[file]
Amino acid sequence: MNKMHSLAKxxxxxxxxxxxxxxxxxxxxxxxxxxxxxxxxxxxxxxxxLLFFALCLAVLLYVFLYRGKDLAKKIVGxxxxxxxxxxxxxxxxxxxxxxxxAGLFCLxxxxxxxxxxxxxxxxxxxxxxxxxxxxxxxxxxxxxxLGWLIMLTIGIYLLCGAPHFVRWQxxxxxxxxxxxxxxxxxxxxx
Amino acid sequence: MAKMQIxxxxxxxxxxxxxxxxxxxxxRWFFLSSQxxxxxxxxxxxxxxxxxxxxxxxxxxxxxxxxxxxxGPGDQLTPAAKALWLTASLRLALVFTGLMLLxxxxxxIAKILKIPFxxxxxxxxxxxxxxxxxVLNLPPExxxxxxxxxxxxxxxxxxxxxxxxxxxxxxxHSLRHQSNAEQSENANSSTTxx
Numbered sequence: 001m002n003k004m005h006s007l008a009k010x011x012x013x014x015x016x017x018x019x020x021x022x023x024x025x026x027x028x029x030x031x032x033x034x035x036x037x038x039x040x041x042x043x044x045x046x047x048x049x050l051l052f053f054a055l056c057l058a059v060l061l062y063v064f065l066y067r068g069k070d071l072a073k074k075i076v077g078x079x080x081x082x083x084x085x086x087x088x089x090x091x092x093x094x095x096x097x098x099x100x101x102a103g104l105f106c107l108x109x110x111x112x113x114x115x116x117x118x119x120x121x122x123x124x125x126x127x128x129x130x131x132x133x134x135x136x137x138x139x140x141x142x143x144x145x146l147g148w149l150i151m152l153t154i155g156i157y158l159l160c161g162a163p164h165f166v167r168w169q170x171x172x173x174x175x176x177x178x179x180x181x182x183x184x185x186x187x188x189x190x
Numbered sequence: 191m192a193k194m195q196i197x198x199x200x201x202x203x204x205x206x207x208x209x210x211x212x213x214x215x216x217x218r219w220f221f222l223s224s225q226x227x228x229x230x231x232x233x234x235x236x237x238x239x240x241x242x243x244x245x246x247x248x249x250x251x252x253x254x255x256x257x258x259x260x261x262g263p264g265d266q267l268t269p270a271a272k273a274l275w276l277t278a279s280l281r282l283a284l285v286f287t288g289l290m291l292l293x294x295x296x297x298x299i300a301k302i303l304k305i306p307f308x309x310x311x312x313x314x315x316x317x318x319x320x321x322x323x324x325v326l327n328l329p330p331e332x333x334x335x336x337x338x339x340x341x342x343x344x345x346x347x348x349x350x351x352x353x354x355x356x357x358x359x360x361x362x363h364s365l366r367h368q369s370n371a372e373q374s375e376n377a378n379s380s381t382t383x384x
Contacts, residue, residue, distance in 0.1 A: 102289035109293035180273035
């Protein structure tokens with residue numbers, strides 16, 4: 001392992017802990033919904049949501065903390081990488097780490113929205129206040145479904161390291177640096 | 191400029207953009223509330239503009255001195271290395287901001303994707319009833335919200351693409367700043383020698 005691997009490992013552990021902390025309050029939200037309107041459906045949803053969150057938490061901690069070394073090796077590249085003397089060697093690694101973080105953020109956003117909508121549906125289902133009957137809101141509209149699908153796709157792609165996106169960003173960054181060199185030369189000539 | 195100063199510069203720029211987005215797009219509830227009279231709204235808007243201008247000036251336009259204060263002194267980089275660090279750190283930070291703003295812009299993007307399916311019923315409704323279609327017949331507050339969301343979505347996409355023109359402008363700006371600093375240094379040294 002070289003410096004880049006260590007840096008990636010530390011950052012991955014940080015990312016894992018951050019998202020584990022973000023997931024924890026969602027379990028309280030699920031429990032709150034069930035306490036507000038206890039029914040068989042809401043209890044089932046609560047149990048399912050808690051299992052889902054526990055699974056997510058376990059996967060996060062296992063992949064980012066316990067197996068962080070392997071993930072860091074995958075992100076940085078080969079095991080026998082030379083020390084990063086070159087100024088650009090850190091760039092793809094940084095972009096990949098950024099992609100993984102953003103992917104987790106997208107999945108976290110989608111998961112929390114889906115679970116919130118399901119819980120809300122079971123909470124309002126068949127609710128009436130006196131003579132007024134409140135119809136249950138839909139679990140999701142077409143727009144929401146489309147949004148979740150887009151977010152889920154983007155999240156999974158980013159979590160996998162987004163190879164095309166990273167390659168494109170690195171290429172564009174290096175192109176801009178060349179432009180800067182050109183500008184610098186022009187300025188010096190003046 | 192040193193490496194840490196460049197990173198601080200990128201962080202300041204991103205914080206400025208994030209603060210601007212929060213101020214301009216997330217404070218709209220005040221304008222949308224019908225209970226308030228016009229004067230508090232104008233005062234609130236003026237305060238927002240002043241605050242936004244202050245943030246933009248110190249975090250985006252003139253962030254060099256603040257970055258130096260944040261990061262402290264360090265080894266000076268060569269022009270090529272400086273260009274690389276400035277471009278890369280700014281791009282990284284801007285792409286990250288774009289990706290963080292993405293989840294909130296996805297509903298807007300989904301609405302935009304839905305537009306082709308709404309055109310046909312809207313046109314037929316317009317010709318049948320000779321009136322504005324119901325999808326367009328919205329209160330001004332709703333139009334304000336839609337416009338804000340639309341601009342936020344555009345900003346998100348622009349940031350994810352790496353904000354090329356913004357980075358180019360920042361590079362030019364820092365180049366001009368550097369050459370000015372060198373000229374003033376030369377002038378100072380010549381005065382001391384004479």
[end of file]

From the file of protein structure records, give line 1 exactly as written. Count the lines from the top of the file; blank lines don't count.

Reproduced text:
Amino acid sequence: MNKMHSLAKxxxxxxxxxxxxxxxxxxxxxxxxxxxxxxxxxxxxxxxxLLFFALCLAVLLYVFLYRGKDLAKKIVGxxxxxxxxxxxxxxxxxxxxxxxxAGLFCLxxxxxxxxxxxxxxxxxxxxxxxxxxxxxxxxxxxxxxLGWLIMLTIGIYLLCGAPHFVRWQxxxxxxxxxxxxxxxxxxxxx